Current problems face electric power plants
What will happen if hundreds of U.S. electric power plants suddenly shut down next year? Will there be brownouts? Will electric rates increase?
Americans will find out when up to 24 percent of all coal-fired electric power plants in the United States may shut down because of EPA regulations, according to a new “Today in Energy” report from the U.S. Energy Information Administration (EIA).
Plant operators are scrambling to conform with regulations that take effect in April 2015. States may grant operators an extra year to comply.
Costly new EPA rules, called MATS for Mercury and Toxics Standards, require plant operators to significantly reduce certain nasty air pollutants that include noxious aerosols of mercury, arsenic, chromium, nickel, sodium dioxide and nitrogen oxides.
EPA says the new rules will prevent up to 11,000 premature deaths, 130,000 asthma attacks, 5,700 emergency room visits and 3.2 million restricted activity days. EPA estimates health benefits alone could save $90 billion/year.
The good news is that 69 percent of existing coal plants already comply with the new standard. EIA says seven percent more plan to meet compliance.
The bad news is that leaves nearly one forth (24 percent) of all coal-fired power plants left to satisfy MATS regulations within the next two years, or close. EIA says eight percent have already opted for retirement. More are sure to come.
All announced retirements so far are for aging, inefficient plants that operators say are cost prohibitive to retrofit to meet MATS requirements. That still leaves 16 percent undecided.
It’s a big deal because potential plant losses generate about nine percent of all the electricity used in the United States today. Those plants supply about 360 gigawatthours/year of electric consumption. In 2012, coal supplied 37 percent of U.S. electricity.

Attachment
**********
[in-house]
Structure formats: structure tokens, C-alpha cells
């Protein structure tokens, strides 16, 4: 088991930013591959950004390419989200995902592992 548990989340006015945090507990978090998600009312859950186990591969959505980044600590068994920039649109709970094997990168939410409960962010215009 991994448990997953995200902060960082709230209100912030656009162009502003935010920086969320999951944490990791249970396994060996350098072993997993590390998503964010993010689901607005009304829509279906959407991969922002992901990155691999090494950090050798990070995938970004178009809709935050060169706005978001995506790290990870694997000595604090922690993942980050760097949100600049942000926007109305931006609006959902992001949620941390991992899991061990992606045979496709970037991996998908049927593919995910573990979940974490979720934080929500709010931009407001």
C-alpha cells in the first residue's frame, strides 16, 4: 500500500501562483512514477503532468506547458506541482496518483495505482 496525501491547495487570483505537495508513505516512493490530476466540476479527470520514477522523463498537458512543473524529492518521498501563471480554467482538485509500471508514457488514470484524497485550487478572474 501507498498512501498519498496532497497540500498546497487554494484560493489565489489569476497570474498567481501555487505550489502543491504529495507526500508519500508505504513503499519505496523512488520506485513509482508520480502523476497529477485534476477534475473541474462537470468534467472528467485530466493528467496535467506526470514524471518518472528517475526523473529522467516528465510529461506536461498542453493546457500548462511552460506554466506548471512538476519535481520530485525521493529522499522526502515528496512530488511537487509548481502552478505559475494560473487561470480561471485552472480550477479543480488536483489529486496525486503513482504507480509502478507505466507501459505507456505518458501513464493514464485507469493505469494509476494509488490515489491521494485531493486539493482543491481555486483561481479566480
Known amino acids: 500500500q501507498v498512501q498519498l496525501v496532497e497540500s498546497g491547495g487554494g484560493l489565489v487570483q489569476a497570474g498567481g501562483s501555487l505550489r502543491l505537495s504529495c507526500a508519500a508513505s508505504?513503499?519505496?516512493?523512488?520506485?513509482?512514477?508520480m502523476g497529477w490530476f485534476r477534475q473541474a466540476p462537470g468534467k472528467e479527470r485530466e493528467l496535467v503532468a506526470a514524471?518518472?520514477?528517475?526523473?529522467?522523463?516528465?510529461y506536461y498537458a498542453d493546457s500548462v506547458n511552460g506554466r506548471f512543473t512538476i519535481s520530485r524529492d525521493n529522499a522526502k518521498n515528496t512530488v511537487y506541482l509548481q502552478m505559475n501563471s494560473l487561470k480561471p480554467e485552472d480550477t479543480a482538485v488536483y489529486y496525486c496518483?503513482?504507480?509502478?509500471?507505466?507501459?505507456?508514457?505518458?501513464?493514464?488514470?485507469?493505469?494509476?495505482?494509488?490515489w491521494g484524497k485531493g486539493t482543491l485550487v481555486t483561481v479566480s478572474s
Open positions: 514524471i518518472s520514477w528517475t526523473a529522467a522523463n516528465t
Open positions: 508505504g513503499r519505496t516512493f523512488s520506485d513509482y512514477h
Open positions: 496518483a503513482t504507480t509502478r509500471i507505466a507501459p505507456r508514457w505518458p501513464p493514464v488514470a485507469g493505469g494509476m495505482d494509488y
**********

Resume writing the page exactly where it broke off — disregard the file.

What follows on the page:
Take out nearly one quarter of the coal plants and it will have a big impact on electric power generation in the United States over the next several years.
A nice thought would be to replace all those carbon-belching coal plants with zero-emission renewable energy, like wind or solar. Unfortunately, that’s more costly than retrofitting for MATS and there isn’t time to construct enough renewable capacity to do the job.
Excluding hydroelectric, the potential closures produced 40 percent more electricity now than all renewable energy sources combined, according to EIA data. Most retired plants that do get replaced will be with combined-cycle natural gas.
Some of the 16 percent undecided will be replaced or retrofitted. The cost to do that, of course, will increase electric bills for affected customers. It would eventually happen anyway, with or without MATS. Many coal-fired electric plants are more than half a century old. MATS just speeds up the process.
A key unanswered question remains. In addition to the eight percent already slated for retirement, how many of the 16 percent undecided will opt to retire rather than retrofit?
If most of the undecided chose to retire without replacement then peak-usage stress put on the power grid will increase the chances of brownouts or blackouts during hot summer days or bitter winter cold in the years to come.
Posted on Mar 30, 2014, in Business, economics, Economy, Energy, energy policy, environment, Government, news, Opinion, Politics, technology, Thoughts and tagged coal-fired power plants, electric power plants, EPA. Bookmark the permalink. Leave a comment.